UK businesses are highly reliant upon the availability of continuous power. Very few can operate effectively in the event of an outage or blackout, as was seen during the power outages that occurred on 9th August 2019, which caused national widespread disruption.
Initial reports showed that two power generators lowering their power to the grid, combined with a lightning strike, triggered the grid self-protection mechanism that turned off power to certain customers. The National Grid was quick to label this a “rare and unusual” event and it is right to suggest a single lightning strike having such a damaging impact again is incredibly unlikely.
In this instance, the National Grid gave the all clear to the Distribution Network Operators within fifteen minutes and the most affected areas saw power restored within an hour. This is fast, but it still meant the cancelling of hundreds of trains, suspending hospital procedures and businesses suffering disruption and financial losses. Investigations are underway to prevent a reoccurrence of the event happening on a similar scale but, regrettably, further power outages are inevitable.
All businesses operate in a world of risks and some manage those risks better than others. An increasing number of businesses effectively manage the risks associated with power outages by using workplace facilities. According to our most recent annual Disaster Landscape invocation statistics, power outages were the most common reason for companies to use external workplace facilities, up 77 per cent from the previous year. However, many businesses do not have such arrangements in place, which means that instead of experiencing a small operational disruption as staff relocate to the recovery facility where they can carry on as normal, they are potentially facing a crisis.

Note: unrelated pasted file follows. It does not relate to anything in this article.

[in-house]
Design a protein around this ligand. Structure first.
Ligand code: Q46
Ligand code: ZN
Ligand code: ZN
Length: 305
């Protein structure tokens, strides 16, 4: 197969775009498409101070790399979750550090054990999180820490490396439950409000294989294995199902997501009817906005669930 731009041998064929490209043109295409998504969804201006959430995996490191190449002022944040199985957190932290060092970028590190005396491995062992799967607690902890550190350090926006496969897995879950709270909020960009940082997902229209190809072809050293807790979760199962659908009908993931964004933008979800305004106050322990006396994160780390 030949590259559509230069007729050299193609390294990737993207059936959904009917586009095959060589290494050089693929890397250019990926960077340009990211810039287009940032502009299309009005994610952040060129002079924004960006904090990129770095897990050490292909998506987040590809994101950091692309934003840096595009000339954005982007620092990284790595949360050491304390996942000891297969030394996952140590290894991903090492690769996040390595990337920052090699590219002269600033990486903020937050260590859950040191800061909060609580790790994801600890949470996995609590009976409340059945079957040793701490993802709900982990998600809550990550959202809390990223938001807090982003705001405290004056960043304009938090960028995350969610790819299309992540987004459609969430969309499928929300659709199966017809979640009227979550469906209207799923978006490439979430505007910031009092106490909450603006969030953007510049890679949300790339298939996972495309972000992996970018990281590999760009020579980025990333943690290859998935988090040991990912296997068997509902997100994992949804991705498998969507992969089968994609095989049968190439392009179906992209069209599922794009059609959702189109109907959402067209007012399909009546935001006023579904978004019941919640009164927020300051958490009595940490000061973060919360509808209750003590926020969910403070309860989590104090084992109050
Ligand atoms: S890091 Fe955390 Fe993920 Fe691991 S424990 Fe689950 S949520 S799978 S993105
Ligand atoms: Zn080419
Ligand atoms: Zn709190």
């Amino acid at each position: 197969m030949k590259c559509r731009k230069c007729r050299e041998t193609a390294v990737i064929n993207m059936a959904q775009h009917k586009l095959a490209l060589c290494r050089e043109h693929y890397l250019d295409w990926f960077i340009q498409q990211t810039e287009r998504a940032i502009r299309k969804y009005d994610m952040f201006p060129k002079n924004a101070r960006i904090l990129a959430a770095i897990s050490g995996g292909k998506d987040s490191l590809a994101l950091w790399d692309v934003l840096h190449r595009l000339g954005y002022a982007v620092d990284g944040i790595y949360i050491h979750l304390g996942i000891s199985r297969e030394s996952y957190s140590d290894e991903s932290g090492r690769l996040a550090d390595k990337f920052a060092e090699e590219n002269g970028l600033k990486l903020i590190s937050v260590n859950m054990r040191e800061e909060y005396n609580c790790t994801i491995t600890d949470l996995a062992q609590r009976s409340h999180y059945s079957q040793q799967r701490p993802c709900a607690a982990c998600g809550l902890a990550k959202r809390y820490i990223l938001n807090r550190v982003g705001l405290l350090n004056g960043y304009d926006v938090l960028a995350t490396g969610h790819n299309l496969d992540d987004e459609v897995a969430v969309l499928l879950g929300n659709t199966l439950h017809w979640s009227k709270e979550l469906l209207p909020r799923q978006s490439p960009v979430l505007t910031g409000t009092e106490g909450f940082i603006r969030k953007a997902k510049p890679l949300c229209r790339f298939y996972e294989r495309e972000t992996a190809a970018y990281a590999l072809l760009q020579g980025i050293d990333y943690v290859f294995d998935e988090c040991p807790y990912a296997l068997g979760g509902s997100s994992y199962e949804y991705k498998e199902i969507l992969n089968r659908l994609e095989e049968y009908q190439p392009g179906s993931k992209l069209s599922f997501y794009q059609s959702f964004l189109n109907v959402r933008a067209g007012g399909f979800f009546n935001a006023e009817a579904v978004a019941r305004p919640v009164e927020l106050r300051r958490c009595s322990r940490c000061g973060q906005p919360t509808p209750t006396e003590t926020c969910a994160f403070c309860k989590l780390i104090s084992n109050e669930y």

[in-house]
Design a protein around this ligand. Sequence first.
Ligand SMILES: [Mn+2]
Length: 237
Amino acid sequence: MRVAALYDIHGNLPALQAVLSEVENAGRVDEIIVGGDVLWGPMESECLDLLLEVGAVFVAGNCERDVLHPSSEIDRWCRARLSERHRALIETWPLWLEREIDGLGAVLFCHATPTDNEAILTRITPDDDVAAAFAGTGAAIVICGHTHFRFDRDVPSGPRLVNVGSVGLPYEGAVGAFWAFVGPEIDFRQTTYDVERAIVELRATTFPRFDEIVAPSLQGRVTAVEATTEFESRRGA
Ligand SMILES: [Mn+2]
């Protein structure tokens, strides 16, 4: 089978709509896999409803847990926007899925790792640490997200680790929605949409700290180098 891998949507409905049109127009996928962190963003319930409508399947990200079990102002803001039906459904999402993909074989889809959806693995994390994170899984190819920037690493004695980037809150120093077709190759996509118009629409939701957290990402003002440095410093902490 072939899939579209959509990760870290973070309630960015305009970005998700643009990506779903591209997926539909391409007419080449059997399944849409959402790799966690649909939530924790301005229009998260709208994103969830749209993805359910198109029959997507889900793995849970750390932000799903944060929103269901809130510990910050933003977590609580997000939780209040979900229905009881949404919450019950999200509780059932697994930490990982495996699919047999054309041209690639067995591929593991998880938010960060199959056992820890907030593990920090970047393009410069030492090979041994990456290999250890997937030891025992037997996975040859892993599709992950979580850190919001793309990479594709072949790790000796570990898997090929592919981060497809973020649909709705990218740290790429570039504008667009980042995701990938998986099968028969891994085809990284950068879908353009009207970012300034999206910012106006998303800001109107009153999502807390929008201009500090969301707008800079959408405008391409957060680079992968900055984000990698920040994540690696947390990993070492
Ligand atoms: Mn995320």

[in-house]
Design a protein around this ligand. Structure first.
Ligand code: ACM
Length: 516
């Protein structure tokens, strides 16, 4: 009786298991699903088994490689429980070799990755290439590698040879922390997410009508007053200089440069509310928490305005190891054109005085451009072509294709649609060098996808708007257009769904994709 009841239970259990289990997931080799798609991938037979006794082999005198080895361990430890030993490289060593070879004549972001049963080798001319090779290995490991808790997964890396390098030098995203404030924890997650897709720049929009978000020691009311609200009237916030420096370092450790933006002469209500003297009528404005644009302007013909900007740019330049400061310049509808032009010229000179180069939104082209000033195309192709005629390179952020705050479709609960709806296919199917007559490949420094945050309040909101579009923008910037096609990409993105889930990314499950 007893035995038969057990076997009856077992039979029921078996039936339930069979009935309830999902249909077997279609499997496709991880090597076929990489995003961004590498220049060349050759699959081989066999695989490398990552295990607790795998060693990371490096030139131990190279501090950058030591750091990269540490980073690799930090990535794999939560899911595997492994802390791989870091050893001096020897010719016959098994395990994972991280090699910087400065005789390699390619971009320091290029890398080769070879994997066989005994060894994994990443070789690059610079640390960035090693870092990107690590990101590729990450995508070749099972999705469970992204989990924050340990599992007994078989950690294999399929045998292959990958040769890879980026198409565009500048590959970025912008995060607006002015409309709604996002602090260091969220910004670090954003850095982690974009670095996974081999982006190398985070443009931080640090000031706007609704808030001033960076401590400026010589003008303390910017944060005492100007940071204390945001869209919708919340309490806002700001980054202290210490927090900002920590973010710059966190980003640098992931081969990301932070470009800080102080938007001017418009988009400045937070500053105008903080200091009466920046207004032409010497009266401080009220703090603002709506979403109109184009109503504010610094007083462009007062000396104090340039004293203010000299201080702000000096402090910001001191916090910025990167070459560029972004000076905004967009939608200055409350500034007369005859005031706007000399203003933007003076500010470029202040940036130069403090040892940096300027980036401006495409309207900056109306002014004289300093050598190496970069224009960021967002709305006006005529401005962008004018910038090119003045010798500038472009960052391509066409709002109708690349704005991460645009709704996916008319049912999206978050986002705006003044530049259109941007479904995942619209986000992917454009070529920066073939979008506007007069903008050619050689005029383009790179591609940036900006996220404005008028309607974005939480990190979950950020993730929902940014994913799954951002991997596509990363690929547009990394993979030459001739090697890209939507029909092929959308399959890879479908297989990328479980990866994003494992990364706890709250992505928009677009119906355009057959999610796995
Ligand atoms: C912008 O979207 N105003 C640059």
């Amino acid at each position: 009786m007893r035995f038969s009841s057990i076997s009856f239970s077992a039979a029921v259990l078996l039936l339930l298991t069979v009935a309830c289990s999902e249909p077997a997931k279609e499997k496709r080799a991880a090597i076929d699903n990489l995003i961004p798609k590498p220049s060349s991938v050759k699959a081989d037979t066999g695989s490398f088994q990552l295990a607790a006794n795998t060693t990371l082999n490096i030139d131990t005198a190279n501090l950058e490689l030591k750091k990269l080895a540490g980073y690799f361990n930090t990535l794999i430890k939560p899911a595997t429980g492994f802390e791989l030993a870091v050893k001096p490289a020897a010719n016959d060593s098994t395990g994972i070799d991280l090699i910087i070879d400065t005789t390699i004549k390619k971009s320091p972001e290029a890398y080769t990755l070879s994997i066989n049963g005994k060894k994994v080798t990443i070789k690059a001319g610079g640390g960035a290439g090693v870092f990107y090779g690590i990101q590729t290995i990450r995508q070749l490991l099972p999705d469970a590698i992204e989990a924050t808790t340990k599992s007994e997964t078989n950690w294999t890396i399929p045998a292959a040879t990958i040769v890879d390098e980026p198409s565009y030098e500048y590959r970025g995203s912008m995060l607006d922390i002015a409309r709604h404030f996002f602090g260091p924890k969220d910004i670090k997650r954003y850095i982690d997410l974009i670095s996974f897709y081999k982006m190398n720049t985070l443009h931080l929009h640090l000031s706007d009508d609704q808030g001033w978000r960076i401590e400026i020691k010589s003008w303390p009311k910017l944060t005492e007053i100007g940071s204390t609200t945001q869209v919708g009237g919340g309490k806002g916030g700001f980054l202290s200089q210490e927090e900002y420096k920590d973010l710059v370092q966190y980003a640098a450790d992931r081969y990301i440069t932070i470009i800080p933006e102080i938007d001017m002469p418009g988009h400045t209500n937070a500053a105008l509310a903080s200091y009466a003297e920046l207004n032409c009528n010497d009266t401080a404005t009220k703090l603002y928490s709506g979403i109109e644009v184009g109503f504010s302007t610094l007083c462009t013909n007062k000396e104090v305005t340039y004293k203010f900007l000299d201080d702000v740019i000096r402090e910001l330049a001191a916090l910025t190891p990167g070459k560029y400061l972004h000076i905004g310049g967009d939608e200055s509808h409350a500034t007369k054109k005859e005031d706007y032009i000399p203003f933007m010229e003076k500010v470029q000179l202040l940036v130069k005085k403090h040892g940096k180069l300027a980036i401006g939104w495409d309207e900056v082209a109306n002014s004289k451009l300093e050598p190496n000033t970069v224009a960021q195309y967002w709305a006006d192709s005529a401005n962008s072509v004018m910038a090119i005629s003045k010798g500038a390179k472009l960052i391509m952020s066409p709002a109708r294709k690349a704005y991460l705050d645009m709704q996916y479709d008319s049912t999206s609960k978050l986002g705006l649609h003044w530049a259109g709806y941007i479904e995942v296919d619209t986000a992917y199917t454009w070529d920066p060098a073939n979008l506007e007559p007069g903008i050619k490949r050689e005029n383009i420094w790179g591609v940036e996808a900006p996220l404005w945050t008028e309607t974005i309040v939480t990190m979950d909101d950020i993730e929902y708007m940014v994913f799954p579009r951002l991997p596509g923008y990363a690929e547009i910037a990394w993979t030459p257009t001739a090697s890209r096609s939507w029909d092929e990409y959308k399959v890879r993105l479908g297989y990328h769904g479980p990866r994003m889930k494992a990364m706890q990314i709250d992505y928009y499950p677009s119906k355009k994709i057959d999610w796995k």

A crisis can be defined as an inherently abnormal, unstable and complex situation that represents a threat to the strategic objectives, reputation or existence of the organisation. Business leaders within an organisation need to pull together towards a common goal if they are to have any chance of minimising the impact of a crisis. It is also pivotal to have a leader to fulfil the symbolic need for direction and guidance.
Crisis leadership 101
During a crisis, leaders need to be decisive despite being unsure of the accuracy of some of the information they are receiving. They will also be facing fear from staff, customers and, sometimes, pressure from the media for a statement, so empathy and communications skills are important. Good crisis leaders are also able to quickly accept that something has happened that requires their immediate attention and get a grip on the situation and stabilise things as quickly as possible, whilst presenting a calm, authoritative and determined exterior. This shows that they are in control of the situation and have the capability to fix the problem, helping to defuse tensions, inspire confidence, focus on what needs to be done and reassure stakeholders.